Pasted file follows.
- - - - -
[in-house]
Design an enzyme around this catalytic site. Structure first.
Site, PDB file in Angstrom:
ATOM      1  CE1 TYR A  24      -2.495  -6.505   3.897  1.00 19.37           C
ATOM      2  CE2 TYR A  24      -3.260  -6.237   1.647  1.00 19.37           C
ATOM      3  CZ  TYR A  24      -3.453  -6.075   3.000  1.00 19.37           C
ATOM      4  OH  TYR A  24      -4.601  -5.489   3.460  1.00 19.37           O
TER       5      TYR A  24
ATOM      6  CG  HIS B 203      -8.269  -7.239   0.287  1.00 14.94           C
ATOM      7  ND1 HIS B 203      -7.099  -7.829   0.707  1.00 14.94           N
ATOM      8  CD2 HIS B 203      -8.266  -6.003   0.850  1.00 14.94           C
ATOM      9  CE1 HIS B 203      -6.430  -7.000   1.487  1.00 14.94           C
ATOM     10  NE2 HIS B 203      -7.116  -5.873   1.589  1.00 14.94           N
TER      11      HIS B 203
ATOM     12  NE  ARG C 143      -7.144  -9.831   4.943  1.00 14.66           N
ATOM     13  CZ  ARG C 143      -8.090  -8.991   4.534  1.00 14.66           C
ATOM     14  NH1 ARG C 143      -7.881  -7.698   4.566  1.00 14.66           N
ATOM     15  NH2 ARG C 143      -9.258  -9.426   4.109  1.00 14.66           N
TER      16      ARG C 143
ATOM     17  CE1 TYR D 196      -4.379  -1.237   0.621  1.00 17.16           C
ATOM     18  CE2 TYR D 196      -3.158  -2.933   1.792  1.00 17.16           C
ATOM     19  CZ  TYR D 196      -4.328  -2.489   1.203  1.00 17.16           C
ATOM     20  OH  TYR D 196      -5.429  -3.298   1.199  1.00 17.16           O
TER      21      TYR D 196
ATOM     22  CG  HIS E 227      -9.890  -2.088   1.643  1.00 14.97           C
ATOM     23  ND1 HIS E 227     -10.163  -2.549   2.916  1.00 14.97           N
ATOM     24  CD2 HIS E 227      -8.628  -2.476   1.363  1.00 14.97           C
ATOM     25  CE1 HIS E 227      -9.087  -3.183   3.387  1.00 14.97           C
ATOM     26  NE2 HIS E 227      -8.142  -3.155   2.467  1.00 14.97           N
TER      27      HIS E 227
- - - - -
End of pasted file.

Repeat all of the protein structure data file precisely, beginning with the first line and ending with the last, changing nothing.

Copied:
[in-house]
Design an enzyme around this catalytic site. Structure first.
Site, PDB file in Angstrom:
ATOM      1  CE1 TYR A  24      -2.495  -6.505   3.897  1.00 19.37           C
ATOM      2  CE2 TYR A  24      -3.260  -6.237   1.647  1.00 19.37           C
ATOM      3  CZ  TYR A  24      -3.453  -6.075   3.000  1.00 19.37           C
ATOM      4  OH  TYR A  24      -4.601  -5.489   3.460  1.00 19.37           O
TER       5      TYR A  24
ATOM      6  CG  HIS B 203      -8.269  -7.239   0.287  1.00 14.94           C
ATOM      7  ND1 HIS B 203      -7.099  -7.829   0.707  1.00 14.94           N
ATOM      8  CD2 HIS B 203      -8.266  -6.003   0.850  1.00 14.94           C
ATOM      9  CE1 HIS B 203      -6.430  -7.000   1.487  1.00 14.94           C
ATOM     10  NE2 HIS B 203      -7.116  -5.873   1.589  1.00 14.94           N
TER      11      HIS B 203
ATOM     12  NE  ARG C 143      -7.144  -9.831   4.943  1.00 14.66           N
ATOM     13  CZ  ARG C 143      -8.090  -8.991   4.534  1.00 14.66           C
ATOM     14  NH1 ARG C 143      -7.881  -7.698   4.566  1.00 14.66           N
ATOM     15  NH2 ARG C 143      -9.258  -9.426   4.109  1.00 14.66           N
TER      16      ARG C 143
ATOM     17  CE1 TYR D 196      -4.379  -1.237   0.621  1.00 17.16           C
ATOM     18  CE2 TYR D 196      -3.158  -2.933   1.792  1.00 17.16           C
ATOM     19  CZ  TYR D 196      -4.328  -2.489   1.203  1.00 17.16           C
ATOM     20  OH  TYR D 196      -5.429  -3.298   1.199  1.00 17.16           O
TER      21      TYR D 196
ATOM     22  CG  HIS E 227      -9.890  -2.088   1.643  1.00 14.97           C
ATOM     23  ND1 HIS E 227     -10.163  -2.549   2.916  1.00 14.97           N
ATOM     24  CD2 HIS E 227      -8.628  -2.476   1.363  1.00 14.97           C
ATOM     25  CE1 HIS E 227      -9.087  -3.183   3.387  1.00 14.97           C
ATOM     26  NE2 HIS E 227      -8.142  -3.155   2.467  1.00 14.97           N
TER      27      HIS E 227